JOURNAL ARTICLE

Imaging of thoracic aortic injury

D Ait Ali Yahia, A Bouvier, C Nedelcu, M Urdulashvili, F Thouveny, C Ridereau, J Y Tanguy, J Picquet, C Aube, S Willoteaux
Diagnostic and Interventional Imaging 2015, 96 (1): 79-88
25540927
Isthmic aortic rupture or disruption should be systematically sought when there is high kinetic energy trauma to the thorax. This condition is extremely serious and life threatening. It needs to be diagnosed rapidly but diagnostic pitfalls must be avoided. CT angiography is the standard examination. The main CT signs of rupture or disruption of the thoracic aorta are periaortic hematoma, intimal flap, pseudo-aneurysm and contrast agent extravasation. There are three types of lesion: intimal, subadventitial or pseudo-aneurysmal, and complete rupture with lesion of the three tunicae, and it is important to grade them for better therapeutic management. The main diagnostic pitfalls of the CT scan are the presence of a ductus diverticulum and post-isthmic fusiform dilatation. Associated lesions must not be overlooked. The most common are ruptures of the aortic root and the thoracic aorta in the diaphragmatic hiatus.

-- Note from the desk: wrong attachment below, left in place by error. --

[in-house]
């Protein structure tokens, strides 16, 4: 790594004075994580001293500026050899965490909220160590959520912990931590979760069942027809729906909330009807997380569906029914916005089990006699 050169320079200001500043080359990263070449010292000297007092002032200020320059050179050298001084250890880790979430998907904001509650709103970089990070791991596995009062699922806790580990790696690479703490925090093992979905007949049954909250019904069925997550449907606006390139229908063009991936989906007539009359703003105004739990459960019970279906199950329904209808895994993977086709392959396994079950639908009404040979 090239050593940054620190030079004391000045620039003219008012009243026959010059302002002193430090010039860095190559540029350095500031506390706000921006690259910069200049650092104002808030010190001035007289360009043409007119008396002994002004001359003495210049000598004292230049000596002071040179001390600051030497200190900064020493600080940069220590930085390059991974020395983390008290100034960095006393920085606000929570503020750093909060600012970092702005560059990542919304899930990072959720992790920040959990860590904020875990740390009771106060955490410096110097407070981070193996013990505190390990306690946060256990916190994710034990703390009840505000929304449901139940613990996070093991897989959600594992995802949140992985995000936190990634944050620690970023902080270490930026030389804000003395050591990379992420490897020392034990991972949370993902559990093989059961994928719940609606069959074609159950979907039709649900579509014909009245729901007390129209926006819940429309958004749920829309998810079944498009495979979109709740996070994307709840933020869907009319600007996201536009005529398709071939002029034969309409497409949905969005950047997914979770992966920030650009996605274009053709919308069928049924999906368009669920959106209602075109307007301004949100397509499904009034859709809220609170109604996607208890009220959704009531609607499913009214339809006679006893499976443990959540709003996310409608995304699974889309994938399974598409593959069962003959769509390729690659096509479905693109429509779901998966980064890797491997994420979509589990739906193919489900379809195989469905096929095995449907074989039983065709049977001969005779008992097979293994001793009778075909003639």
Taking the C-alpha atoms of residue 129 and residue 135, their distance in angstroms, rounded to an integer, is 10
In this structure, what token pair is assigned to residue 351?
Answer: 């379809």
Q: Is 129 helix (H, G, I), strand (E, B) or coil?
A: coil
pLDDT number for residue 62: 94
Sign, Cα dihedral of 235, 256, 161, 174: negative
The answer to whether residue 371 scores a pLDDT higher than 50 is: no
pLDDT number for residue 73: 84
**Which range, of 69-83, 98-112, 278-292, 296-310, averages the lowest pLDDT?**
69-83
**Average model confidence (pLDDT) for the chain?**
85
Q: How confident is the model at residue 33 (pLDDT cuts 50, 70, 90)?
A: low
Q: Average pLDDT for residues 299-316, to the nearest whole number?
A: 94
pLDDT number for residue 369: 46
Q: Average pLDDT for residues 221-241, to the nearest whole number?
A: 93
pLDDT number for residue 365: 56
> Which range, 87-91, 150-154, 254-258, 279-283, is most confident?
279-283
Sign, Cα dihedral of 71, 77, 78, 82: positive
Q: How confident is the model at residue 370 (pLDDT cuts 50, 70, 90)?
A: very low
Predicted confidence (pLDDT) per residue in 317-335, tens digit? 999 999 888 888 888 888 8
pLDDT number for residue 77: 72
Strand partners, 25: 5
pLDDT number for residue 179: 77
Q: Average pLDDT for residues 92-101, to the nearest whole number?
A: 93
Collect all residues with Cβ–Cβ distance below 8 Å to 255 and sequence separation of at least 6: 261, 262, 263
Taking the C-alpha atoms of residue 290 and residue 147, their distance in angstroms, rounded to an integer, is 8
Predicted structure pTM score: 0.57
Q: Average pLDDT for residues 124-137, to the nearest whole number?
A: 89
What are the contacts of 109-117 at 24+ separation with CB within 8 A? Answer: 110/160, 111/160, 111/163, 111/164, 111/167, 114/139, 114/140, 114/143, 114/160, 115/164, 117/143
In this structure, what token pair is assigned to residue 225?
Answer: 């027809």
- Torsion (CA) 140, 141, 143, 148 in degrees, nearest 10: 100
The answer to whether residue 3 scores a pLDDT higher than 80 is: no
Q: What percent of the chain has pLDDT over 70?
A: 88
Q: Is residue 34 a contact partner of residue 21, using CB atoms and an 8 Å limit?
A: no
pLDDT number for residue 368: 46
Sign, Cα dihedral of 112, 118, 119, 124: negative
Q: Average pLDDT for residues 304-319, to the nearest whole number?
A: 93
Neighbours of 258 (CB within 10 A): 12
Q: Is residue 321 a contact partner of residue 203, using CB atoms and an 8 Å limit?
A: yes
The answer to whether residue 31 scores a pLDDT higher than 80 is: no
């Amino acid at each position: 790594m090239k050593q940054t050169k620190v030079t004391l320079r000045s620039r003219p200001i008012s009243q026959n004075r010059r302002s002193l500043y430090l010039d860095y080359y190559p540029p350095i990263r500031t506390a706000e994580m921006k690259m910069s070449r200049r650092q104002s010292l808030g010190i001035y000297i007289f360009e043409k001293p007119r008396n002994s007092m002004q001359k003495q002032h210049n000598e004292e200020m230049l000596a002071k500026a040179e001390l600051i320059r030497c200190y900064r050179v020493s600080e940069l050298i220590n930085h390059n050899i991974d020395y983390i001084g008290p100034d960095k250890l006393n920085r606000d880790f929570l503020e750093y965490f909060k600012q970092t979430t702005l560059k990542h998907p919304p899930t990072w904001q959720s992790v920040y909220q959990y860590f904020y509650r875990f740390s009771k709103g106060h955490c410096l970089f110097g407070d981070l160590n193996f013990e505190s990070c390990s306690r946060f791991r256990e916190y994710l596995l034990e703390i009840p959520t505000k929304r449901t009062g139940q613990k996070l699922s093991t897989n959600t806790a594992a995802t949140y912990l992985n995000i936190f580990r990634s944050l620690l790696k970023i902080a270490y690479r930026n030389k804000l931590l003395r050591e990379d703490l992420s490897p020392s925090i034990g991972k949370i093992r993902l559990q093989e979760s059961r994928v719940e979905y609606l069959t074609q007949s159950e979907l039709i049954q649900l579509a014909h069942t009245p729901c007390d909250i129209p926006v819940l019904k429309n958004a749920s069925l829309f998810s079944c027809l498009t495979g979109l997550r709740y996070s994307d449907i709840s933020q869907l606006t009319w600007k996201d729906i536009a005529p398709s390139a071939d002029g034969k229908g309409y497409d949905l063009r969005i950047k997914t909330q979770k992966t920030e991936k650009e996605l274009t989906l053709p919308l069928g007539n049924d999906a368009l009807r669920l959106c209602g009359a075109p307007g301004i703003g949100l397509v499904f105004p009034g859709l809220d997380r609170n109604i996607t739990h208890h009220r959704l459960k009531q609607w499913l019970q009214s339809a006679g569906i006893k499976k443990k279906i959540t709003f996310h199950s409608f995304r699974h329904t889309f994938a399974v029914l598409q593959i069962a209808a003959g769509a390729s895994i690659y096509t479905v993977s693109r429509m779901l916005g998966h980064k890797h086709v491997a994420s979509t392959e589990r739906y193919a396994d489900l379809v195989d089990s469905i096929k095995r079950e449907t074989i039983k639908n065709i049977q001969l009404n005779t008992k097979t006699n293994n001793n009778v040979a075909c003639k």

Full Text Links

Find Full Text Links for this Article

Discussion

You are not logged in. Sign Up or Log In to join the discussion.

Related Papers

Remove bar
Read by QxMD icon Read
25540927
×

Save your favorite articles in one place with a free QxMD account.

×

Search Tips

Use Boolean operators: AND/OR

diabetic AND foot
diabetes OR diabetic

Exclude a word using the 'minus' sign

Virchow -triad

Use Parentheses

water AND (cup OR glass)

Add an asterisk (*) at end of a word to include word stems

Neuro* will search for Neurology, Neuroscientist, Neurological, and so on

Use quotes to search for an exact phrase

"primary prevention of cancer"
(heart or cardiac or cardio*) AND arrest -"American Heart Association"

We want to hear from doctors like you!

Take a second to answer a survey question.